In terms of name recognition or casual citation, there’s been a lot of progress made in raising Minsky’s profile. As for comprehension of his vision of economics and public policy (or the influence of that vision on policymaking), there’s a tremendous amount of work ahead. Here’s hoping the book helps us move a little further along that path. Read the entire review here.


The Only Graph Needed to Explain the New Year’s Dive of 2016: Larry Summers Sort-Of Gets It, the Fed Doesn’t Seem to Get It, and the Media Seems Hardly Aware of It

Michael Stephens | January 11, 2016

by Daniel Alpert

A practically unnoticed phenomenon underpins the negative U.S. economic data trends we saw in Q4 2015 and the enormous increase in market volatility in the first week of 2016: the United States’ global competitors are—once again—using vast pools of low-wage, underutilized labor, a huge excess of domestic production capacity, and/or the ever-stronger U.S. dollar, to grab whatever share of demand they can in order to maintain/recover growth in a sluggish global economy.

While the plummeting price of energy—the result of insufficient global demand and huge new oversupply from North America itself—has cut America’s energy deficit to a level less than 20 percent of its 2008 peak, the overall current account deficit of the U.S. grew rapidly in 2014 and, more alarmingly, in 2015.  The nation’s current account is the sum of the balance of trade (goods and services exports less imports), net income from abroad and net current transfers.

But here’s the brutal bottom-line: the non-energy portion of the U.S. current account deficit, relative to GDP, has ballooned by 236 percent since its low in December 2013, during which period the energy deficit fell by 57 percent.

Alpert_The Only Graph_Fig1

The U.S. economy is showing weakness in Nearly Everything But Employment (“NEBE”) and even its salutary pace of job formation is plagued by an unusual level of temporary and low wage hiring, painfully low labor force participation and very low levels of nominal wage growth. Consumption is therefore not rising in a manner anywhere near the rise in headline job formation. And the demand-push inflation that one would normally expect to have emerged with the creation of 5.6 million jobs over 24 months is nowhere to be found.  In fact, the U.S. is joining the rest of the world in a persistent pattern of alternating deflation and disinflation (“lowflation”).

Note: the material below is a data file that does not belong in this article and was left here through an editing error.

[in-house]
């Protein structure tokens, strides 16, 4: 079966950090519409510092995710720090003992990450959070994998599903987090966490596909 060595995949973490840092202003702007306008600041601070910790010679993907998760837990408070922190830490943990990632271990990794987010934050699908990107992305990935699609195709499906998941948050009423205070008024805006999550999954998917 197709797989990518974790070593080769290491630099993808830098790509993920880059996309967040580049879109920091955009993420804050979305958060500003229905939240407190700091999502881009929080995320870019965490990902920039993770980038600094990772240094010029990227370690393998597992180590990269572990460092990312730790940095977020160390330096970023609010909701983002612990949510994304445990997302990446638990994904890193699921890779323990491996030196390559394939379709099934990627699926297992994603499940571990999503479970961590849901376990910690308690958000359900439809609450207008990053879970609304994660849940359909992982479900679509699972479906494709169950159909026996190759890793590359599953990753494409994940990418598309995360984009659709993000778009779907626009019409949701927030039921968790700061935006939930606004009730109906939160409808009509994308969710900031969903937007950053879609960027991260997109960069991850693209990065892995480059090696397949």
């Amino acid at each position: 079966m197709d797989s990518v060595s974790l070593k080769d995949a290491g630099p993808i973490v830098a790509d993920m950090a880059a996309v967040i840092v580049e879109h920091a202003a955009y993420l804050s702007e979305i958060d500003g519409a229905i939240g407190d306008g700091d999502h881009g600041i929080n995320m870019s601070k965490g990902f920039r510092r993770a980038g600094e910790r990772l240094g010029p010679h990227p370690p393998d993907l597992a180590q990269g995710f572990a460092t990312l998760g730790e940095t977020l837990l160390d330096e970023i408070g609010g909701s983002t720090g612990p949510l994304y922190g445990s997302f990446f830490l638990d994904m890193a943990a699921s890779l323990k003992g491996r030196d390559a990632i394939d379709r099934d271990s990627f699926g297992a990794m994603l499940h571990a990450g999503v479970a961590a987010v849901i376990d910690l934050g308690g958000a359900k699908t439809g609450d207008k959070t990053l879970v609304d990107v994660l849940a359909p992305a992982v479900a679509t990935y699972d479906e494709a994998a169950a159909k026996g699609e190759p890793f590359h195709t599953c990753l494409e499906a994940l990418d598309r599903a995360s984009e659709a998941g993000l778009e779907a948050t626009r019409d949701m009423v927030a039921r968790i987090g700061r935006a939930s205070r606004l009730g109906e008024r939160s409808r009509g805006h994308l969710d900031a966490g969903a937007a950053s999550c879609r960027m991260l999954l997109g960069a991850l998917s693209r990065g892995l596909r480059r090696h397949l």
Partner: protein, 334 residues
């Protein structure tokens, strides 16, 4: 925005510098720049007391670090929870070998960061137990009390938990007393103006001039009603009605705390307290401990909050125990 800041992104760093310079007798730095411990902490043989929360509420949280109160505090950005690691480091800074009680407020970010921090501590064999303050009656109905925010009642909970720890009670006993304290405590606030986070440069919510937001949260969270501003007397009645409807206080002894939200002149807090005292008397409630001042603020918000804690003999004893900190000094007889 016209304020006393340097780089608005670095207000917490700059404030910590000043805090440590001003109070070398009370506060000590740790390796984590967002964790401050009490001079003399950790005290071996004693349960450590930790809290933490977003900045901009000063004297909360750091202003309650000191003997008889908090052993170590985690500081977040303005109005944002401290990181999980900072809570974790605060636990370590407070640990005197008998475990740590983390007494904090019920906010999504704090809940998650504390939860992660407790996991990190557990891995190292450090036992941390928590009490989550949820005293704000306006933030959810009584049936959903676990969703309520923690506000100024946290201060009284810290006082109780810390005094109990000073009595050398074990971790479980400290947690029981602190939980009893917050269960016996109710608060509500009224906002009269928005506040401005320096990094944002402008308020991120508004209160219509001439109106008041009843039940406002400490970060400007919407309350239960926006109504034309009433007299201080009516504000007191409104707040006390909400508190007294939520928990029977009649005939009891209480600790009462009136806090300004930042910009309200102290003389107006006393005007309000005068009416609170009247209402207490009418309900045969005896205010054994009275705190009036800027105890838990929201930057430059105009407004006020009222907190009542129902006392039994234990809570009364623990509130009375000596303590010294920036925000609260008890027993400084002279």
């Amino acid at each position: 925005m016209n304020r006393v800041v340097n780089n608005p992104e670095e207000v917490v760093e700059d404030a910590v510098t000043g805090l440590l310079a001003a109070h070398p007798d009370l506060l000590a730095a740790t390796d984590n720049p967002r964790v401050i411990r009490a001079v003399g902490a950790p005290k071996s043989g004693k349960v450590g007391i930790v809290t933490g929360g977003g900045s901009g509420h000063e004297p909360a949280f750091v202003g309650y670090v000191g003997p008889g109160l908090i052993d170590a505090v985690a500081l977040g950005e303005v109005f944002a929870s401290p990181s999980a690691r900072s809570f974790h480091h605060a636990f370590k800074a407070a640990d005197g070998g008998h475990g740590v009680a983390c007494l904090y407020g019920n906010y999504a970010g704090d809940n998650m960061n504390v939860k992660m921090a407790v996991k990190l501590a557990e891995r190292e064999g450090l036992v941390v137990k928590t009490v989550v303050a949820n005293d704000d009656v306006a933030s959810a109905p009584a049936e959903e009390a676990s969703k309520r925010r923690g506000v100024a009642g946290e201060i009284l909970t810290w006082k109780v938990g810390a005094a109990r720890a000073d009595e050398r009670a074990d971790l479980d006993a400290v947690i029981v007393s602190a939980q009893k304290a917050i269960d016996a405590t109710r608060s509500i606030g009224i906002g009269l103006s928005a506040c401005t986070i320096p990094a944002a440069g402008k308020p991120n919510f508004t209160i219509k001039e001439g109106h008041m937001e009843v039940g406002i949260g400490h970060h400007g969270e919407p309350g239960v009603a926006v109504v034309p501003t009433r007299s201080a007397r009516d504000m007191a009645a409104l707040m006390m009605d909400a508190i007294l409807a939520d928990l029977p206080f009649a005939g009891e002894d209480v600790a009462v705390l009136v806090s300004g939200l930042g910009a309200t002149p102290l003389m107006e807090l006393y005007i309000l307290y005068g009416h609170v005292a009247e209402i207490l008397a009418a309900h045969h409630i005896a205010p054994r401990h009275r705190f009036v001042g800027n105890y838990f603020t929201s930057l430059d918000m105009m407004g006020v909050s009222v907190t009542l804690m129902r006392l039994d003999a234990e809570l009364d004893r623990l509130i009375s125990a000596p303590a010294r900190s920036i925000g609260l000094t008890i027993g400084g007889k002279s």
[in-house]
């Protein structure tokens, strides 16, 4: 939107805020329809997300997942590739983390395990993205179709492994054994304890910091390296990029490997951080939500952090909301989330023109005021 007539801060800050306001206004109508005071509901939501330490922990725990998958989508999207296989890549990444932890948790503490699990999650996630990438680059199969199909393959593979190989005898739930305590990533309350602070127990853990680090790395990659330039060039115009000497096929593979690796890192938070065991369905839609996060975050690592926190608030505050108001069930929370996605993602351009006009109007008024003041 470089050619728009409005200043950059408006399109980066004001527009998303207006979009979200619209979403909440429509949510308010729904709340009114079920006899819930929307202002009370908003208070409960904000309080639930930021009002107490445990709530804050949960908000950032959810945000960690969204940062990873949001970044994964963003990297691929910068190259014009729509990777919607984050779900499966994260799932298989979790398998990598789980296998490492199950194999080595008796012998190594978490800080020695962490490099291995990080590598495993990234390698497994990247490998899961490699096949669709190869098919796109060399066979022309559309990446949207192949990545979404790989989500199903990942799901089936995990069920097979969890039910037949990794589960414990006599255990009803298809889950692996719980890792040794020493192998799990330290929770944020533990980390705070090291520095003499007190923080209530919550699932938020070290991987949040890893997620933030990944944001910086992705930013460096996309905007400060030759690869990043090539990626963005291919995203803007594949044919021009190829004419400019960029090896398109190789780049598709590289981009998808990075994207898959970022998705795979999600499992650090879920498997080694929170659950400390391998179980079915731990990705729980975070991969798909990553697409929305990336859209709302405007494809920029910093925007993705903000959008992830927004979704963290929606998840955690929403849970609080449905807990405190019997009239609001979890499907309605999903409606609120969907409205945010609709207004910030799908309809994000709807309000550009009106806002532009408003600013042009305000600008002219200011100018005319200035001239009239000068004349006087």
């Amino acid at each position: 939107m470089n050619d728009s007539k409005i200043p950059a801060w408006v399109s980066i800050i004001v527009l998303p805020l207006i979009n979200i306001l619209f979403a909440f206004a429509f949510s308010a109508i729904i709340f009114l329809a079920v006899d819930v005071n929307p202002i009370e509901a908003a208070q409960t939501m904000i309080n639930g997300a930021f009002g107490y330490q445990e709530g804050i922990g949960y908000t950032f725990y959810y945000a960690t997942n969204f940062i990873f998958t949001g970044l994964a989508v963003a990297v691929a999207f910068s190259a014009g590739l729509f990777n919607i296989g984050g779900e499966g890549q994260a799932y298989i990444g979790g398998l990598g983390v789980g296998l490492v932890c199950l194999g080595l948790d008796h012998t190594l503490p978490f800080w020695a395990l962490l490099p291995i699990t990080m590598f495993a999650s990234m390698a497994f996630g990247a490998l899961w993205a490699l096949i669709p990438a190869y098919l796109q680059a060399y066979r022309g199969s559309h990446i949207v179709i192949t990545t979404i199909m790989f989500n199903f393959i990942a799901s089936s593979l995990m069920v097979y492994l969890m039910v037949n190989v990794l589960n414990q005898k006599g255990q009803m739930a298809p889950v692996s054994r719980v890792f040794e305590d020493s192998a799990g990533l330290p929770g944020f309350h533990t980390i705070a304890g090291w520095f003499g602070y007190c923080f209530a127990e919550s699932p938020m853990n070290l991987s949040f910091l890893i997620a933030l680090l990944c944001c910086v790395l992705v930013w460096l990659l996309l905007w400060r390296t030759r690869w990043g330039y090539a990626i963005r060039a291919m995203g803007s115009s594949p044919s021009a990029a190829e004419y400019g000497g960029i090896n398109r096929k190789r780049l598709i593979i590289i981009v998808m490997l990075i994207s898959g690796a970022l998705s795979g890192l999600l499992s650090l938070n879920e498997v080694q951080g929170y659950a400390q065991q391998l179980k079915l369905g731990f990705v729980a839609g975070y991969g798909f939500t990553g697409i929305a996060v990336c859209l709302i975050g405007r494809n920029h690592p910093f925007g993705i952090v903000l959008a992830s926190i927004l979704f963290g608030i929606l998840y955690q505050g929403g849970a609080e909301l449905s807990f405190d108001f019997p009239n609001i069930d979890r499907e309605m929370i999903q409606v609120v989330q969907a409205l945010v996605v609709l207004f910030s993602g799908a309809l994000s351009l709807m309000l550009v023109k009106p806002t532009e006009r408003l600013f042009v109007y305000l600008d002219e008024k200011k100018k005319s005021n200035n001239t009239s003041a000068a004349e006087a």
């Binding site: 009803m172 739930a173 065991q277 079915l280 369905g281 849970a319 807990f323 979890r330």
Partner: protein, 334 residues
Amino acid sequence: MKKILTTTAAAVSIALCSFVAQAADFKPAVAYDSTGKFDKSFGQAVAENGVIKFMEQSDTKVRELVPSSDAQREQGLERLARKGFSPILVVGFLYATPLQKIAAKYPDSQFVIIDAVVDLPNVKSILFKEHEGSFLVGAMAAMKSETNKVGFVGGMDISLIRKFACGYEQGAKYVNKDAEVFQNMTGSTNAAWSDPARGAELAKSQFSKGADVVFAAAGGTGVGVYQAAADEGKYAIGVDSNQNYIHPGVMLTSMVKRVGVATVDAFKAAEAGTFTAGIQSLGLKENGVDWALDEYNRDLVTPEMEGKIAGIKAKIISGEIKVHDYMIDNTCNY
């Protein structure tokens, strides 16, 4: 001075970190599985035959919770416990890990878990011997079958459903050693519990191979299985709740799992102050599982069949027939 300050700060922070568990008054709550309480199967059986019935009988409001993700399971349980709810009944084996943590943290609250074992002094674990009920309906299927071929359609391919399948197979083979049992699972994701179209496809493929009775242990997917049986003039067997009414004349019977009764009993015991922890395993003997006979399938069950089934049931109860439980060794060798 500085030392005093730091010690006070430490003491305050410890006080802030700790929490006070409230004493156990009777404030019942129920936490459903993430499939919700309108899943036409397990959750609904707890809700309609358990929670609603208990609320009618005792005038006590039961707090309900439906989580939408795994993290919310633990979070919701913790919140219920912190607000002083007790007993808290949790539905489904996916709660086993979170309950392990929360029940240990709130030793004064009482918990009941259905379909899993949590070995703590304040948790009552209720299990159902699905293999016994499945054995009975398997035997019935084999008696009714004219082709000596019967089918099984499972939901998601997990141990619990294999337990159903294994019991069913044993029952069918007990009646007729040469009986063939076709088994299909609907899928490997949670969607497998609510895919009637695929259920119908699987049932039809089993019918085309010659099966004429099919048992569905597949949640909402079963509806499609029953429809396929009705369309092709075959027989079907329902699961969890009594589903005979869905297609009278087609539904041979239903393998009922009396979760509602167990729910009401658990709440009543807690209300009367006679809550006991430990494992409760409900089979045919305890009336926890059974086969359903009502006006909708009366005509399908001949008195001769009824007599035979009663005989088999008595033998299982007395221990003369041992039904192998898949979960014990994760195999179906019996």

The substantial slowdown in China, the evident failure of Abenomics in Japan, the collapse of the Brazilian and Argentinian economies, and a failure of the eurozone to get off the mat despite the “anything it takes” monetary posture of the European Central Bank, have all contributed to declining global aggregate demand for all sorts of production. This has been reflected particularly acutely in the energy and other commodities sectors.

All of the foregoing constitute a bitter pill for the United States economy which, better than any other, was able to substantially reduce its trade deficit from the end of the recession through 2013 and to lever its size, its willingness to engage in extraordinary monetary easing early and often during and following the Great Recession, and its inherent resiliency to produce at least a tepid recovery while other regions slowed or remained mired in slump.

After all its deft maneuvering, the U.S. is once again being inundated by cheap imports and seeing its ability to export severely impaired, because of a combination of its competitors’ internal deflation and efforts (direct and indirect) to devalue their currencies relative to the U.S. dollar and each other’s.  This is vastly constraining U.S. economic growth and may result in its contraction at some point during 2016.

This nearly universal beggar-thy-neighbor behavior has all the makings of a very serious global economic disruption and proceeds from the same global economic imbalances that we saw before, during and after the Great Recession; the vast oversupply of labor, production, and capital relative to aggregate demand for all three.

Where is this coming from? continue reading…